Opened 5 years ago

Closed 5 years ago

Last modified 5 years ago

#2891 closed bug (wontfix)

threadDelay appears to use excessive CPU in GHCi

Reported by: JeremyShaw Owned by:
Priority: normal Milestone:
Component: Compiler Version: 6.8.3
Keywords: Cc:
Operating System: Linux Architecture: x86
Type of failure: Difficulty: Unknown
Test Case: Blocked By:
Blocking: Related Tickets:

Description

I have the following simple program:

import Control.Concurrent
main = threadDelay (106) >> main

If I run it in GHCi it requires 2-5% of my CPU. If i compile it, it
takes 0% of my CPU. It does not matter if I compile -O0, -O2,
-threaded, it always uses 0% (which is good).

I have only tested this under Linux (Ubuntu Hardy) and GHC 6.8.3 on one machine.

Change History (2)

comment:1 Changed 5 years ago by simonmar

  • Difficulty set to Unknown
  • Resolution set to wontfix
  • Status changed from new to closed

Ok, this program repeatedly waits for one second. When this is run with the threaded RTS, here's what happens:

  • the program calls threadDelay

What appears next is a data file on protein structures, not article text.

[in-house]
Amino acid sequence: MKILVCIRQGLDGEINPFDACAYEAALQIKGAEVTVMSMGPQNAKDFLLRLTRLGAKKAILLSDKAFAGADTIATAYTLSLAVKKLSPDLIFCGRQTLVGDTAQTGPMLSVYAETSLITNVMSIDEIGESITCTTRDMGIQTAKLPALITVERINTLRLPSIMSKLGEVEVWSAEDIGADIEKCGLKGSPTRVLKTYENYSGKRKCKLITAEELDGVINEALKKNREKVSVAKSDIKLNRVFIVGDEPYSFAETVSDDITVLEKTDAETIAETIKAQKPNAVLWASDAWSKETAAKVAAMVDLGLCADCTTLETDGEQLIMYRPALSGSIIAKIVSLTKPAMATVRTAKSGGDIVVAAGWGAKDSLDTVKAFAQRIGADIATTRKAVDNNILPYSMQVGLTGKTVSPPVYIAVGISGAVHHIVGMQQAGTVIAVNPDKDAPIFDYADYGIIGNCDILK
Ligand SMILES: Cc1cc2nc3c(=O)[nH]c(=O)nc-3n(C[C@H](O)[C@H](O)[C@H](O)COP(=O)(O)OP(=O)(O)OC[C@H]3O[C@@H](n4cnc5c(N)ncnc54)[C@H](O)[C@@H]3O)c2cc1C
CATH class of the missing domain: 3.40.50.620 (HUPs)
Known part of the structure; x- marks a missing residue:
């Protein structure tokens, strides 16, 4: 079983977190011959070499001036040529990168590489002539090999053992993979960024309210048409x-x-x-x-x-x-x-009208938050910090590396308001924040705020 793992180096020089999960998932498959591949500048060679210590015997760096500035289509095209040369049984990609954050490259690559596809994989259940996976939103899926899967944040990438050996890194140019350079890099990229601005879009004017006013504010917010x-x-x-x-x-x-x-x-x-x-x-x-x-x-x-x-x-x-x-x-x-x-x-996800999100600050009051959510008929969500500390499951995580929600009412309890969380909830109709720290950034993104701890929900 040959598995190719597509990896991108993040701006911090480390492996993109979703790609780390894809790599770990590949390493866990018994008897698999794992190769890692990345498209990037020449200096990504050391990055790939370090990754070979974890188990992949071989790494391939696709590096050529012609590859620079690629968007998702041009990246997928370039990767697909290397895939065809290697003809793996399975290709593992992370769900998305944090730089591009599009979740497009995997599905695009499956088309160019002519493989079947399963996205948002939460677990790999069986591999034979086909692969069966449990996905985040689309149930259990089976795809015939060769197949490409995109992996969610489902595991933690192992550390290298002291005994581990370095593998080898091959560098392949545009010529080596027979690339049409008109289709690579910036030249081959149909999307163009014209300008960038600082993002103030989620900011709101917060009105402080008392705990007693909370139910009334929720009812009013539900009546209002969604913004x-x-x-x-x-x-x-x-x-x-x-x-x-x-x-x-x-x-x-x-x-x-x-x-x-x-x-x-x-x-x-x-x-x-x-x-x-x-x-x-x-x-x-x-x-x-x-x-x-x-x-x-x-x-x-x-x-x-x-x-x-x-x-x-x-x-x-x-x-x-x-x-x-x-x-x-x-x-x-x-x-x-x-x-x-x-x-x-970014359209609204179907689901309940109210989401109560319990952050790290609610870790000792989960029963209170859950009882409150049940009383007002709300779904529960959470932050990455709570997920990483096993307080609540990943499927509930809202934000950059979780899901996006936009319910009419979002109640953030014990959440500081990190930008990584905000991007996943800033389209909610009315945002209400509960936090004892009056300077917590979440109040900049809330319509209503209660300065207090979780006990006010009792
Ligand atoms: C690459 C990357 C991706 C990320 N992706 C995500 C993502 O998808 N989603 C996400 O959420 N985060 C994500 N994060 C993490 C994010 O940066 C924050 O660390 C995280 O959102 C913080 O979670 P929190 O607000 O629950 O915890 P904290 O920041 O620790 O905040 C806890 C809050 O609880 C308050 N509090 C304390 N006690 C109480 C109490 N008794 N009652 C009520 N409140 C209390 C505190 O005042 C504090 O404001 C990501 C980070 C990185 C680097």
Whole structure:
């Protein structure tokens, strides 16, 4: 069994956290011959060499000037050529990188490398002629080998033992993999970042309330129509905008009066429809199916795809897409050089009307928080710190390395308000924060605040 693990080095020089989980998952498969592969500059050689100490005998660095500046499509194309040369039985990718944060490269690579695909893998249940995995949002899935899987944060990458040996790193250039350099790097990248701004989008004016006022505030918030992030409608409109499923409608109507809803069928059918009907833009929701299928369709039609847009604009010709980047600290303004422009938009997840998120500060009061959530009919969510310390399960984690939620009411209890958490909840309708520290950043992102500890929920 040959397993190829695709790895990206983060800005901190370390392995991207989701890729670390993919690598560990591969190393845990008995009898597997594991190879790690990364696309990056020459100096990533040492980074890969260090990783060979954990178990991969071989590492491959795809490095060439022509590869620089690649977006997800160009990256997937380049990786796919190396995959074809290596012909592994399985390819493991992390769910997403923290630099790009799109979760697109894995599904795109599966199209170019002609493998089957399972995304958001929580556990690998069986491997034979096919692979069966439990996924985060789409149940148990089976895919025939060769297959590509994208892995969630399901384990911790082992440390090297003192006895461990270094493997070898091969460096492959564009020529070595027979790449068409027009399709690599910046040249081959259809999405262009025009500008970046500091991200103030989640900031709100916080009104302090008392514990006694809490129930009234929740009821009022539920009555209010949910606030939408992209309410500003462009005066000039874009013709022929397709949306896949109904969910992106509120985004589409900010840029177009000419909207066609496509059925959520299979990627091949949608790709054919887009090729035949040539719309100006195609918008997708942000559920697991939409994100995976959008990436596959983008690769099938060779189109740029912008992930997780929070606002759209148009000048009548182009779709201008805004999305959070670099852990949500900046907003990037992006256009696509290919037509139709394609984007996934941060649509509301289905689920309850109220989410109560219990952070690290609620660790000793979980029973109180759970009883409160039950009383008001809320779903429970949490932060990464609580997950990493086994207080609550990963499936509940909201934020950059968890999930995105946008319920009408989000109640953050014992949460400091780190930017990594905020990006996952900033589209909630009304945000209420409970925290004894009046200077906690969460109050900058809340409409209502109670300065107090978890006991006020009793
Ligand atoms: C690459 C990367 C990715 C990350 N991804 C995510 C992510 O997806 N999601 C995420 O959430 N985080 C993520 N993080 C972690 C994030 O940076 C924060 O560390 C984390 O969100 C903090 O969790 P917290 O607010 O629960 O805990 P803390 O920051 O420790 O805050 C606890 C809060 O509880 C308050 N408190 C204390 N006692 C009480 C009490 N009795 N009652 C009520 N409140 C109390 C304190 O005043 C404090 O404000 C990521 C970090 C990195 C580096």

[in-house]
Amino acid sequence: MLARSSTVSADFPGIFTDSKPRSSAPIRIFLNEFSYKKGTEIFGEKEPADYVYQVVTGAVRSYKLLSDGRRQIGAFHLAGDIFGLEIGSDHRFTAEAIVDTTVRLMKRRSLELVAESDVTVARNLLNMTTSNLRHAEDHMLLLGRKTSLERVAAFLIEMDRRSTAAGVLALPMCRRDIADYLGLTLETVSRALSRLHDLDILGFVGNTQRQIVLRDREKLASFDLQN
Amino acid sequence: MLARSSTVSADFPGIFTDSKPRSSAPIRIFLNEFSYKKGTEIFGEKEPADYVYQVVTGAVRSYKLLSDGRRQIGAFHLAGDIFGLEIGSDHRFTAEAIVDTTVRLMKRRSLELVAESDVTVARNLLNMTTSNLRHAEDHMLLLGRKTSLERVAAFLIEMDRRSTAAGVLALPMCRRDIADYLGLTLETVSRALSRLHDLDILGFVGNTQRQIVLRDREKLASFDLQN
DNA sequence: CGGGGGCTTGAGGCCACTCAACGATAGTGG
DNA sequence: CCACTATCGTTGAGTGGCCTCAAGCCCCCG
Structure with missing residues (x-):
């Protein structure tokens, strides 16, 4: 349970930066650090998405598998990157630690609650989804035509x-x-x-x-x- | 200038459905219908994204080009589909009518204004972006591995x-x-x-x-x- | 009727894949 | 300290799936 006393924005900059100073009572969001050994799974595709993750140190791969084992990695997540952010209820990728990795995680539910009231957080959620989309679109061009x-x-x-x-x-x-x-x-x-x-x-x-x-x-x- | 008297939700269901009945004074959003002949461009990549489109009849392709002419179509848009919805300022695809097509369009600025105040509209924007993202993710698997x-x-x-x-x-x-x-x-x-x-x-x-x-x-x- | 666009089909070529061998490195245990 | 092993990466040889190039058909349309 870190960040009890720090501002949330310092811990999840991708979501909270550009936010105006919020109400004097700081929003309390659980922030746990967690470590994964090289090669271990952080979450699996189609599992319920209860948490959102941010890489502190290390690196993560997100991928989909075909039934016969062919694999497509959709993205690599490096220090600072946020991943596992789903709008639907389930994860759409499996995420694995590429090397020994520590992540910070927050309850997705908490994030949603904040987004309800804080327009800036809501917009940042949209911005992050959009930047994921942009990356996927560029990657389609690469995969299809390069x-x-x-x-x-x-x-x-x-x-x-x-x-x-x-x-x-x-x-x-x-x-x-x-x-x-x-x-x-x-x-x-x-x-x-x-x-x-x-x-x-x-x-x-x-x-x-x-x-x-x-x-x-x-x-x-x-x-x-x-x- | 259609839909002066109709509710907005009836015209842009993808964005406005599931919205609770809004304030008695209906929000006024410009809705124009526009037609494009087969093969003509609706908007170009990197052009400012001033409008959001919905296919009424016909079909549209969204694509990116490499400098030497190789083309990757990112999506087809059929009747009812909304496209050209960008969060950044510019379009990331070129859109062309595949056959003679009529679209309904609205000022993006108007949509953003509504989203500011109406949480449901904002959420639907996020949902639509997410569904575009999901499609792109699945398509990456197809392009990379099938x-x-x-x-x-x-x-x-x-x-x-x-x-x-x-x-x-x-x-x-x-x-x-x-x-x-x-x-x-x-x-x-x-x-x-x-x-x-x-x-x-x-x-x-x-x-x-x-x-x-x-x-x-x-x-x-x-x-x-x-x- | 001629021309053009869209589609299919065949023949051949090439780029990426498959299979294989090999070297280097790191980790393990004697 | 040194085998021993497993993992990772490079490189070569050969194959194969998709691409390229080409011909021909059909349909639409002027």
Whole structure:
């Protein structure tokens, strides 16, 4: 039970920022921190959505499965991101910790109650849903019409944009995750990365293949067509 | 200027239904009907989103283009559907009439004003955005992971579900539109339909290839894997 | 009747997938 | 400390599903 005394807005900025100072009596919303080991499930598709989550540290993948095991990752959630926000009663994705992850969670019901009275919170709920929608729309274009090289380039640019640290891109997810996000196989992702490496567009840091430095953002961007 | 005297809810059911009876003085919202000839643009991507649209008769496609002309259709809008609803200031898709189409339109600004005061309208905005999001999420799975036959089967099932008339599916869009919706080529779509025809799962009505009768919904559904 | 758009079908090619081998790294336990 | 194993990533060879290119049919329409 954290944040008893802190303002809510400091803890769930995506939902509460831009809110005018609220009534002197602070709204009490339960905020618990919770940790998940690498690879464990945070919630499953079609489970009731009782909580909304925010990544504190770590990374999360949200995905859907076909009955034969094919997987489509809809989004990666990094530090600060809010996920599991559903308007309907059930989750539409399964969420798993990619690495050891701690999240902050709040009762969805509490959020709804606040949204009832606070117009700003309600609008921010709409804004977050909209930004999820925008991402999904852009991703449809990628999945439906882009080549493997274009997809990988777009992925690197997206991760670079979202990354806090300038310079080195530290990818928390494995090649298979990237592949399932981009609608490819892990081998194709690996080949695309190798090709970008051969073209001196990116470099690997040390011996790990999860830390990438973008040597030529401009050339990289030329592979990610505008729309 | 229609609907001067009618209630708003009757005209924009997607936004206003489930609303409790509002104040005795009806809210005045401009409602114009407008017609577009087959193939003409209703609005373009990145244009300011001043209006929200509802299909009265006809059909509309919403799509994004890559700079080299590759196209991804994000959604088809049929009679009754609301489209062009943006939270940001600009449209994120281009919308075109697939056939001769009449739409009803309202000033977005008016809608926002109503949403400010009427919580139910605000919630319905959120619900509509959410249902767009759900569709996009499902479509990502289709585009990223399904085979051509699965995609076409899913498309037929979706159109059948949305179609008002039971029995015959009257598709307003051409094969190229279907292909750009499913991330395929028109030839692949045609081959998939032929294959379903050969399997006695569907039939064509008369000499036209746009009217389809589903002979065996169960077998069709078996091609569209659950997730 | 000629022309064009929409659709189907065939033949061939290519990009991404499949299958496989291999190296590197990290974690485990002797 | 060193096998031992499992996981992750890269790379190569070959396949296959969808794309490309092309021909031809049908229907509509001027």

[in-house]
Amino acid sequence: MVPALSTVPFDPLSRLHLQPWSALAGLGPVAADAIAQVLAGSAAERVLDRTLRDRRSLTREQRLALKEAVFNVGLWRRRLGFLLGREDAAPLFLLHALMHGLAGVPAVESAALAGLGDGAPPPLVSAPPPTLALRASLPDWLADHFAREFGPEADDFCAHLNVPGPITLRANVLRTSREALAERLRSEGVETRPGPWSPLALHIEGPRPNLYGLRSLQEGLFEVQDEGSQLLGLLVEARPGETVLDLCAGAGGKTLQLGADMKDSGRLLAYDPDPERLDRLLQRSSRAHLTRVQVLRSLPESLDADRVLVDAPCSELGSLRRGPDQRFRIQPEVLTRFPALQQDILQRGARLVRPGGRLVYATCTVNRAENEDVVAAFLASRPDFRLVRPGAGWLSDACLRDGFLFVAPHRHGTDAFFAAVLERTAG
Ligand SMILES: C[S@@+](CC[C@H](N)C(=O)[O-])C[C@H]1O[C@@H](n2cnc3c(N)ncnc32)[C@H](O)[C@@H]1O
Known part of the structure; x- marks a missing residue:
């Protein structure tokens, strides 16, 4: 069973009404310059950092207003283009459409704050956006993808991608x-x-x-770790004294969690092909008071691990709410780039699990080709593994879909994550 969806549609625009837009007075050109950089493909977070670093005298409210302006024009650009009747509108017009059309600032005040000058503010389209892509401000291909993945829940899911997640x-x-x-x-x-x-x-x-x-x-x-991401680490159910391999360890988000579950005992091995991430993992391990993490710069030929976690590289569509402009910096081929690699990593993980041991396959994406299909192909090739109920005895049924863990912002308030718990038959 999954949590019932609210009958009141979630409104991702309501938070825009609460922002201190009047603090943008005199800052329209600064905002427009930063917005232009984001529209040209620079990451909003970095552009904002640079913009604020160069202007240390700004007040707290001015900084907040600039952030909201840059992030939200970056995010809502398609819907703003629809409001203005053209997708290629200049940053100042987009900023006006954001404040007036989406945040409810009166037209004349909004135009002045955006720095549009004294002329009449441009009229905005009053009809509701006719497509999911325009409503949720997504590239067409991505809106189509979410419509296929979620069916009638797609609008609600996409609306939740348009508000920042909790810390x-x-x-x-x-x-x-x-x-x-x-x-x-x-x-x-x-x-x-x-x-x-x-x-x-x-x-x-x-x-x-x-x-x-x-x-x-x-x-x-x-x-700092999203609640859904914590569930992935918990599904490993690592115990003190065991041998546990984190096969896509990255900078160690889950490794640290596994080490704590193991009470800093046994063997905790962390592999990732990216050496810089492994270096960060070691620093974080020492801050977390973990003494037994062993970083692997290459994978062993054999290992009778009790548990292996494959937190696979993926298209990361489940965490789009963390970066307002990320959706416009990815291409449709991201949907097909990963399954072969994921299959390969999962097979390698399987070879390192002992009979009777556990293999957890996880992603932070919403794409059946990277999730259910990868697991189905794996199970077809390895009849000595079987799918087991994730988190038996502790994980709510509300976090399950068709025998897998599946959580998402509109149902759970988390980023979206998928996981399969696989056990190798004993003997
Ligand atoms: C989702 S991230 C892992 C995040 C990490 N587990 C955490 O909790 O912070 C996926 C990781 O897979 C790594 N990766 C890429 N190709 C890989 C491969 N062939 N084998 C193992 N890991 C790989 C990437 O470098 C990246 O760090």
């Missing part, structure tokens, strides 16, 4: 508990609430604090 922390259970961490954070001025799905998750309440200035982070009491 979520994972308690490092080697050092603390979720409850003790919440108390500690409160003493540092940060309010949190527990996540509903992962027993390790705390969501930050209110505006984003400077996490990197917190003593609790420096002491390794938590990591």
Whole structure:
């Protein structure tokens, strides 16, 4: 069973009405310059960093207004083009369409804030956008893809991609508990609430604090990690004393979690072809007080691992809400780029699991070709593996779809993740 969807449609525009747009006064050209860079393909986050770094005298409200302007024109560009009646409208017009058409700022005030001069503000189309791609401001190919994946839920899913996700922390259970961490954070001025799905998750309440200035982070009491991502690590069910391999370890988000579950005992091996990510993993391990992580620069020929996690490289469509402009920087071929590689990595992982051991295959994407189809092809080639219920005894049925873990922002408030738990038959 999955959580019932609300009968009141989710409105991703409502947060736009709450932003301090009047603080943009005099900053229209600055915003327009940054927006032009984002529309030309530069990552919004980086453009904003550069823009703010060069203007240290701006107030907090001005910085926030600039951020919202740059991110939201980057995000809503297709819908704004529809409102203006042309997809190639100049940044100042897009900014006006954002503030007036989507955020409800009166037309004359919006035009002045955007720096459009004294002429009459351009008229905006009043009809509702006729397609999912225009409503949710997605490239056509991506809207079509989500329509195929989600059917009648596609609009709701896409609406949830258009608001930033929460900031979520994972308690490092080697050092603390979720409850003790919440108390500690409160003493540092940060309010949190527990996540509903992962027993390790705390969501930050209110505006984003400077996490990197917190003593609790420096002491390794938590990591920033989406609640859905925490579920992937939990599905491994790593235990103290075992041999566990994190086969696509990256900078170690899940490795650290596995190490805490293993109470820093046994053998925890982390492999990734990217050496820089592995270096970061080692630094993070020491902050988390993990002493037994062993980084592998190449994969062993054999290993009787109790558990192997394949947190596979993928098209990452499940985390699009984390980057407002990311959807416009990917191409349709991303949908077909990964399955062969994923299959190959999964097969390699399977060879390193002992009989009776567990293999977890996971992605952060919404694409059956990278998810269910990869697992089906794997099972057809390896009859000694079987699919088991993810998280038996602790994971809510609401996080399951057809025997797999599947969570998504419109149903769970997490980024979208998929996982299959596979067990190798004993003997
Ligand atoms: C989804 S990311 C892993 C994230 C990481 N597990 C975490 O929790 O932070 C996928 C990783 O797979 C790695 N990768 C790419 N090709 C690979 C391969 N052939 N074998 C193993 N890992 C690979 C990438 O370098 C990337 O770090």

• 1/3 of a second later, the RTS notices that the program is idle and does a GC
  • after 1 second, the program wakes up again, etc.

so we get a full GC every second, which accounts for the 2% CPU usage: in GHCi there's about 5Mb of stuff in the heap when idle. You'll see the same effect when compiling the program with -threaded, but there the heap will be almost empty, so the GC won't take much time. Without -threaded there is no idle-time GC.

You can turn off the idle-time GC with the -I0 RTS option, e.g.

ghci +RTS -I0

The idle-time GC isn't there just for performance reasons, it's also for detecting deadlock. If the program has deadlocked, the only way to detect that (and send BlockedIndefinitely exceptions) is to do a GC, but we want to wait until the program looks idle before initiating the GC, hence the current behaviour.

comment:2 Changed 5 years ago by JeremyShaw

ok, I'll have to investigate more. Idle happstack applications under GHCi will sometimes use 20-50% of the CPU, but we don't seem to see the same issue when apps are compiled.

Note: See TracTickets for help on using tickets.